In the diabetes online community, the appearance of a blue candle suggests that someone has lost their life to diabetes. Its a time of sorrow. It’s a time to hug our loved ones a little closer. It’s a time to test a little more often and then we move on.
Last week I received a message that made my heart stop.
I headed over to a friend’s Facebook page.
I saw the blue candle.
I couldn’t breathe.
I read her post.
The tears began to flow.
Through the tears I sent a message to my friend. She confirmed my worst fears with her words “I just want him back.”
“Oh, I wish I could bring him back for you!”
That’s what I replied through the tears.
I was numb.
This time the loss to diabetes was close to home.
The blue candle was no longer for a stranger who had lost their life to diabetes. This candle was for a child that I had watched grow through our online communications.
This was happening to a friend who had been there for me through highs and lows of 16 years with diabetes. I wished I could bring her son back to her. The pain was too much for me, I couldn’t begin to imagine how she was feeling. It hurt too much to try.
No mother should bury their child. We shouldn’t have to mourn for those who have yet to have fully enjoyed their lives. There is something fundamentally wrong with that. It makes our hearts ache.
When we hear of a child’s life lost to diabetes, no matter what their age, we hurt but we push it away. It happens to other people. It is horrible but it happens to other people. But what about when it doesn’t? What about when it hits your family?
When diabetes takes someone in your family
Last week the life lost to diabetes was in my close diabetes family and the pain is still fresh.
15 +years ago, I became connected to the internet. I reached out to find “parents of children with diabetes”. I found an information email list, or so I thought. What I really found was a family.
I found people, some that I would meet, some that I would talk to on the phone, and some that I would never know beyond the keystrokes on a keyboard.
All of them would become family. These were the people that would be by my side through the good times and the bad. They would understand diabetes –its peaks and valleys but they would also understand me. These friends would be there for me at all hours from around the globe. They were Friends for Life. They were family.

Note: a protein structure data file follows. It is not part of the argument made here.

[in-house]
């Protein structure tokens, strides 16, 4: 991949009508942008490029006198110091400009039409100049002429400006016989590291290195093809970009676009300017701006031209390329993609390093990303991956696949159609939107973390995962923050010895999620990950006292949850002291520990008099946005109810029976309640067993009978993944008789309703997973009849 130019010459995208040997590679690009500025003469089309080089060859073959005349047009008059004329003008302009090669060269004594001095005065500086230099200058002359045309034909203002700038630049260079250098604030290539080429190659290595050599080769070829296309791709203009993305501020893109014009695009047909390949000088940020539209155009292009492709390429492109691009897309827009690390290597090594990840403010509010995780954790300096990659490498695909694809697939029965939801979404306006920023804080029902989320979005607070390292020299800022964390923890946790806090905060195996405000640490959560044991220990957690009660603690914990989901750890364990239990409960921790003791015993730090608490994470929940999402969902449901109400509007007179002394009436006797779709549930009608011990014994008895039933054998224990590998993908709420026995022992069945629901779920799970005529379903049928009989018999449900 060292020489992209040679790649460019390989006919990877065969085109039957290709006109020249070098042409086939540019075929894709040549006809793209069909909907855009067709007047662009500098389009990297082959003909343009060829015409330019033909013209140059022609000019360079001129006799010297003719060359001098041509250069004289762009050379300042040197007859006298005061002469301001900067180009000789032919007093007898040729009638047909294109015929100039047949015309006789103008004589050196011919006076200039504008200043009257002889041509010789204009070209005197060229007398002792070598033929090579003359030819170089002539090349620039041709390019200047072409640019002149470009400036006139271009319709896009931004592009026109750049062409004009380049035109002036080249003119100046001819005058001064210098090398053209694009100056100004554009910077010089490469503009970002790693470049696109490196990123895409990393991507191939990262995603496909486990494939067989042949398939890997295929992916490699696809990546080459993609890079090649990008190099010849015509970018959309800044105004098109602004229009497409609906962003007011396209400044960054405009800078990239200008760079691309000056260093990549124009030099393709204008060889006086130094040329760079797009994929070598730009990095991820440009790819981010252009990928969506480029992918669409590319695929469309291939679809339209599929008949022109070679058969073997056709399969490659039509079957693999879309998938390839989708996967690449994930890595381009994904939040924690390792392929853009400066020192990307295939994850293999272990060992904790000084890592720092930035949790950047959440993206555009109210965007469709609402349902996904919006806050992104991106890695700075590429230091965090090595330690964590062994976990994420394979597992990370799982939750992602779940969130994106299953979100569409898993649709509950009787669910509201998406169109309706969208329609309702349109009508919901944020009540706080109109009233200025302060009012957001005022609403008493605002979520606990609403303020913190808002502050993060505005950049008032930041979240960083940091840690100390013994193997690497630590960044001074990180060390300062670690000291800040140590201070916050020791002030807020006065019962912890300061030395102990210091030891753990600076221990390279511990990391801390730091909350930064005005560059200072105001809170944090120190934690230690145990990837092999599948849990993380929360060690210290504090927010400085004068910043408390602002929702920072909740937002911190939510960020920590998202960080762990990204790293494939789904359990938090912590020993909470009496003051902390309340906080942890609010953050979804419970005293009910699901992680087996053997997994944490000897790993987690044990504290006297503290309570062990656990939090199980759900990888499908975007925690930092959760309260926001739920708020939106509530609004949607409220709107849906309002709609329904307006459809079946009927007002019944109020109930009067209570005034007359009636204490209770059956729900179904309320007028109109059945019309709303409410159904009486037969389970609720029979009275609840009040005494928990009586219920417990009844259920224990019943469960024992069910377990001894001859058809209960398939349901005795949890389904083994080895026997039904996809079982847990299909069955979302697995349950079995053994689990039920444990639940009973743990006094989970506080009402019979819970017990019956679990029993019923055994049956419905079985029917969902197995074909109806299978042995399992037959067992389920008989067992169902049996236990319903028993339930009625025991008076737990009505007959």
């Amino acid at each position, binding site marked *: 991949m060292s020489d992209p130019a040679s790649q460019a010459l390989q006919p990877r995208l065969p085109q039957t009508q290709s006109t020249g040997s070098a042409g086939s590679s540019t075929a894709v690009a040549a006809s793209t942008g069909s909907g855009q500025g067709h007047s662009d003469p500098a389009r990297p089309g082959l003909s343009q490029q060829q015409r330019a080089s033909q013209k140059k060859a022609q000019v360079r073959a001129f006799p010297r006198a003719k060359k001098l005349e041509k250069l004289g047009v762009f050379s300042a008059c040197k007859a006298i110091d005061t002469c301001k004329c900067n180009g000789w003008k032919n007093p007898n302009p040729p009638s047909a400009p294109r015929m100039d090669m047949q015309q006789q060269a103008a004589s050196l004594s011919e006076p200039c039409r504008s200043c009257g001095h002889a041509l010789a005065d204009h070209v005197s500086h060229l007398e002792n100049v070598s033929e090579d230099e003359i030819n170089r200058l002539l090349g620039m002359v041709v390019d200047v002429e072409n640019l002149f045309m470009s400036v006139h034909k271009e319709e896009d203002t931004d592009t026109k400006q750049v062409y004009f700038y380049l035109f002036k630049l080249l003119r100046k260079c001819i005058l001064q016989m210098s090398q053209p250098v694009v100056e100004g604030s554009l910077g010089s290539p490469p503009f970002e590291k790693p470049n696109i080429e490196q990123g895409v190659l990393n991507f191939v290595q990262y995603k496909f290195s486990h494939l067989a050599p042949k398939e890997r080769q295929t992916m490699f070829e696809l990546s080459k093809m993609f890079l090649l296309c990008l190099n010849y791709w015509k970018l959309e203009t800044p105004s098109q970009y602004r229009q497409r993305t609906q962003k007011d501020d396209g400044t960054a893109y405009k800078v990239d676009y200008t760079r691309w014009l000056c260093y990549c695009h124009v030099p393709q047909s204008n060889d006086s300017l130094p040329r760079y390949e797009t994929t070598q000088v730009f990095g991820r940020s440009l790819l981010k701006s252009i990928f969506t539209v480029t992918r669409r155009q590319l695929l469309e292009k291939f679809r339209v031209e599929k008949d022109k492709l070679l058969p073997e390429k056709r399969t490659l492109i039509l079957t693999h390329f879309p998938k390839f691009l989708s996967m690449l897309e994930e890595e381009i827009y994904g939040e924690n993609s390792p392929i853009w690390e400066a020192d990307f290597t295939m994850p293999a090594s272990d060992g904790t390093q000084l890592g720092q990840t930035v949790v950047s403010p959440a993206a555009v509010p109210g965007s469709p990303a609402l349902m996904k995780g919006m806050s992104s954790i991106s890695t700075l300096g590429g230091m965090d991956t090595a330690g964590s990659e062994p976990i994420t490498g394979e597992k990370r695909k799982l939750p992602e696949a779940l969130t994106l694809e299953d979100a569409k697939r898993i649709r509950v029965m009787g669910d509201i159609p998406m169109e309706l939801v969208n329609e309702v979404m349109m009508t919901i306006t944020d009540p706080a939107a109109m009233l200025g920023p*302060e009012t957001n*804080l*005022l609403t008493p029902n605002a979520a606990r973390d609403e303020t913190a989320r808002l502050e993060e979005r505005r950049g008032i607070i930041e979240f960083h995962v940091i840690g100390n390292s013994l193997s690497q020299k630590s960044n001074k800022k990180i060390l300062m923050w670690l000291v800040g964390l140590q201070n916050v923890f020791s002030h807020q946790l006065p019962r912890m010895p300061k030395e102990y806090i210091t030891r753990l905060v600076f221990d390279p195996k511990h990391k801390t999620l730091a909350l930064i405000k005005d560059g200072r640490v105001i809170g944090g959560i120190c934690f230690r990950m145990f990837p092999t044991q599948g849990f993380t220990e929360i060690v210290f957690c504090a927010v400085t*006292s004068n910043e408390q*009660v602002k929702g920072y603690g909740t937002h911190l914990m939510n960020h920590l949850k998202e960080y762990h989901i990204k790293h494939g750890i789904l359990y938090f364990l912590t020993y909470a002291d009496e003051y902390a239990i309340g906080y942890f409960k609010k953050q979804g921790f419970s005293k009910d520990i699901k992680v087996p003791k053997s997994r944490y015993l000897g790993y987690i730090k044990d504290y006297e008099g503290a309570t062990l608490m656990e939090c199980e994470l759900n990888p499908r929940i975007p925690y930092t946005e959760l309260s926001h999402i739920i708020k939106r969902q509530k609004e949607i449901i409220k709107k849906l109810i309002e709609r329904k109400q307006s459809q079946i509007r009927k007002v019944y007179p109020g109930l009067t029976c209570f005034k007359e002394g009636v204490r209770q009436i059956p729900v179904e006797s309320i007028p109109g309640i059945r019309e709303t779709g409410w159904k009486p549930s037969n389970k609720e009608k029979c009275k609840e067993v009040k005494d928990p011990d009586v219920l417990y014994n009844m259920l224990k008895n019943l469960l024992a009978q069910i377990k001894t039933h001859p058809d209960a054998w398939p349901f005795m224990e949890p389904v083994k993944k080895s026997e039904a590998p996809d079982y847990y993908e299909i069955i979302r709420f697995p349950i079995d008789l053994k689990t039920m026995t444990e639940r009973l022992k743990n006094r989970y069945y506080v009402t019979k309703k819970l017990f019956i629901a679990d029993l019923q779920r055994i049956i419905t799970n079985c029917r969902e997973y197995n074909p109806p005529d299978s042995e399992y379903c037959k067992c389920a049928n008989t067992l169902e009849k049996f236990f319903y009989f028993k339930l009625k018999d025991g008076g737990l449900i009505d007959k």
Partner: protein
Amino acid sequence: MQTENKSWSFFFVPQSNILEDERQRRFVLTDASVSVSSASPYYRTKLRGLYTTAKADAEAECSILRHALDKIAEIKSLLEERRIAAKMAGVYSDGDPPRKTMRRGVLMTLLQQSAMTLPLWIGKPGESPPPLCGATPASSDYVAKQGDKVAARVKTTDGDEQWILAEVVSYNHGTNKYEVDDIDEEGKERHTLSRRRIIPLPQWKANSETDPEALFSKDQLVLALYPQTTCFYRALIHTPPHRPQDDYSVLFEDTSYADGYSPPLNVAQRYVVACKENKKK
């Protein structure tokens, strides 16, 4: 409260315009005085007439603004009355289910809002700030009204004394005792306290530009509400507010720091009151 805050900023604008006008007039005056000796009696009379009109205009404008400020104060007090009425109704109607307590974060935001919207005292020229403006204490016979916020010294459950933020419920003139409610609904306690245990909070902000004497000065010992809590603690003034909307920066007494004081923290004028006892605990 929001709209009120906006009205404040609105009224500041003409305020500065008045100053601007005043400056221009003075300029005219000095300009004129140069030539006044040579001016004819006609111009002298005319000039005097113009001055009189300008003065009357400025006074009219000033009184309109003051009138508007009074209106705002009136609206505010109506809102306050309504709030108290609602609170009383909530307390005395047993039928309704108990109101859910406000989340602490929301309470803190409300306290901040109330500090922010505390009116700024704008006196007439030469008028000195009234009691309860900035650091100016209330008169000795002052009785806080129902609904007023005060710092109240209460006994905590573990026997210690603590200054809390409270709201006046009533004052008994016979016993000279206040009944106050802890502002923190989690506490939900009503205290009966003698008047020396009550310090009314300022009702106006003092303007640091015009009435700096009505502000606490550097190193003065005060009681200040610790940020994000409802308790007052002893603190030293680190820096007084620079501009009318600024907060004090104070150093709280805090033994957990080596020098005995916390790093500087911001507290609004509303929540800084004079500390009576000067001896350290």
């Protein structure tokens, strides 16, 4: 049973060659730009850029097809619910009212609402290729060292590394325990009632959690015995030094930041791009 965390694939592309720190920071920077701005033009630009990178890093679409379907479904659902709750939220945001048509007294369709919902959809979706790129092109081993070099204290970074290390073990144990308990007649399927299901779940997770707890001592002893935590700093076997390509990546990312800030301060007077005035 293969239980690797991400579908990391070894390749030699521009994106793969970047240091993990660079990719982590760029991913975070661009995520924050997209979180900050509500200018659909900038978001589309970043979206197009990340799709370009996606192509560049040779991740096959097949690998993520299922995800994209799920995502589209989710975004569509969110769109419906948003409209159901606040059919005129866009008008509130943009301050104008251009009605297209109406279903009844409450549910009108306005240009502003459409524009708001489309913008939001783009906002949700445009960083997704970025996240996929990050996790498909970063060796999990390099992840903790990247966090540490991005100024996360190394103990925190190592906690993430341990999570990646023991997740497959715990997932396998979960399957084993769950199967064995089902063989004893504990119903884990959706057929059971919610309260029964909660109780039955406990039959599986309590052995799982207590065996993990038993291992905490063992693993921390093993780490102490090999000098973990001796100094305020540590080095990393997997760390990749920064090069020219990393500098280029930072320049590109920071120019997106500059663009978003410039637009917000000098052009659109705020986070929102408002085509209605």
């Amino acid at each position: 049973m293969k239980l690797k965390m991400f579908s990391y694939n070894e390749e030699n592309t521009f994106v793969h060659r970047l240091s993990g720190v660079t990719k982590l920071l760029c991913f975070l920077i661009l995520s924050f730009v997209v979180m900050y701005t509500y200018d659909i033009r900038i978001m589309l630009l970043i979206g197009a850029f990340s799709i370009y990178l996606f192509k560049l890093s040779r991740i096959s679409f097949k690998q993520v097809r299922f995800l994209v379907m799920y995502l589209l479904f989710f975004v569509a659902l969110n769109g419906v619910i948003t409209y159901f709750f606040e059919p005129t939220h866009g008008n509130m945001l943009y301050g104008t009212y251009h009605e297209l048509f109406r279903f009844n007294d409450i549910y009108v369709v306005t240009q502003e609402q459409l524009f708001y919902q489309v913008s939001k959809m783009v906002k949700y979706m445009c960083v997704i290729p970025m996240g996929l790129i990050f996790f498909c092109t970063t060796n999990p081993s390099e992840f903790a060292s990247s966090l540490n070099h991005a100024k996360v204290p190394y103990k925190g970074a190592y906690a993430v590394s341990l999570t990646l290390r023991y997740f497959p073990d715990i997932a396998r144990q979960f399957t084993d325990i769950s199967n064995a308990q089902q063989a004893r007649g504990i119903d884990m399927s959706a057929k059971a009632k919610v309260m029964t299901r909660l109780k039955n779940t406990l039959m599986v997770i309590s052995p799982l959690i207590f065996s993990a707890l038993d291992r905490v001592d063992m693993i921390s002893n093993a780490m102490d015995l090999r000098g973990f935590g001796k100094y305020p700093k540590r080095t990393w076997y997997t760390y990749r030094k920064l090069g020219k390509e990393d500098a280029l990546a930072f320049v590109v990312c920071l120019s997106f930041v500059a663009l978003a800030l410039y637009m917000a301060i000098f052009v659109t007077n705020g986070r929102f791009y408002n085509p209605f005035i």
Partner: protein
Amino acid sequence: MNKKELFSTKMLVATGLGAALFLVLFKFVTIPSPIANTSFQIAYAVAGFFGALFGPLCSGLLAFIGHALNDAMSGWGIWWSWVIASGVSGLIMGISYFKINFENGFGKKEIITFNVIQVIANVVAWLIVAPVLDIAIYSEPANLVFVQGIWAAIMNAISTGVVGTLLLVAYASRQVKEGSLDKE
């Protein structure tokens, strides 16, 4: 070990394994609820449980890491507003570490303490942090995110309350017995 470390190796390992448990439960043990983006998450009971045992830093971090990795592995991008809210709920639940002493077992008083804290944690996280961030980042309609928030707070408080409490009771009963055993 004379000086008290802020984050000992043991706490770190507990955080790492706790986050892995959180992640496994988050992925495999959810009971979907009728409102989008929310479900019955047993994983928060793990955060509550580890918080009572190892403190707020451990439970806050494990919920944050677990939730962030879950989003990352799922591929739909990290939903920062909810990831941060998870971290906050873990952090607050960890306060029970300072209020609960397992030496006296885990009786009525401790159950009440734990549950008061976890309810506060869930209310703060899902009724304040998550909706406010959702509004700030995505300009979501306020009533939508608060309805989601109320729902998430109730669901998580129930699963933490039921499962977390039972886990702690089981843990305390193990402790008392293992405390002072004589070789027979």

Over the years, some of those connections have been neglected. Our children have grown. Some of the children have become parents themselves. We watched each other’s lives on Facebook and occasionally wished each other well.
Other connections remain strong. We reach out regularly. We still see each other. We have kept in contact and fondly look back at where we have been.
No matter whether we are close or drifted apart when tragedy strikes, we are all one big family again. One family united by pain. One family sobbing with each other. One family holding each other in virtual hugs with real tears.
Tragedy isn’t supposed to hit us. Not a direct hit. Not taking a child that we “knew” and watched grow but it has. And it hurts like no other.
The pain will always be there
I know that the pain will fade for some of us. It will dull a little for my friend but that missing piece will never be replaced. I am lucky. In 16 years, my son has stayed quite healthy. In all of this time, I have only known of one person–whom I had met, spoken with, and been friends with, who had died because of diabetes. Now there are two.
I don’t want there to be any more. We need a cure. We need better access to treatments. We need more awareness. We need more…
We will continue to work harder. We will bike more. We will walk more. We will advocate louder.
Our hope will remain.
We came together because of diabetes. We stayed together because of an incredible friendship that knows no borders. I pray that one day we will celebrate life without diabetes. Until then, hug your loved one a little closer today. Send prayers and strength to the families who have lost someone during our fight. I am grateful to each of you who have become such an important part of my life.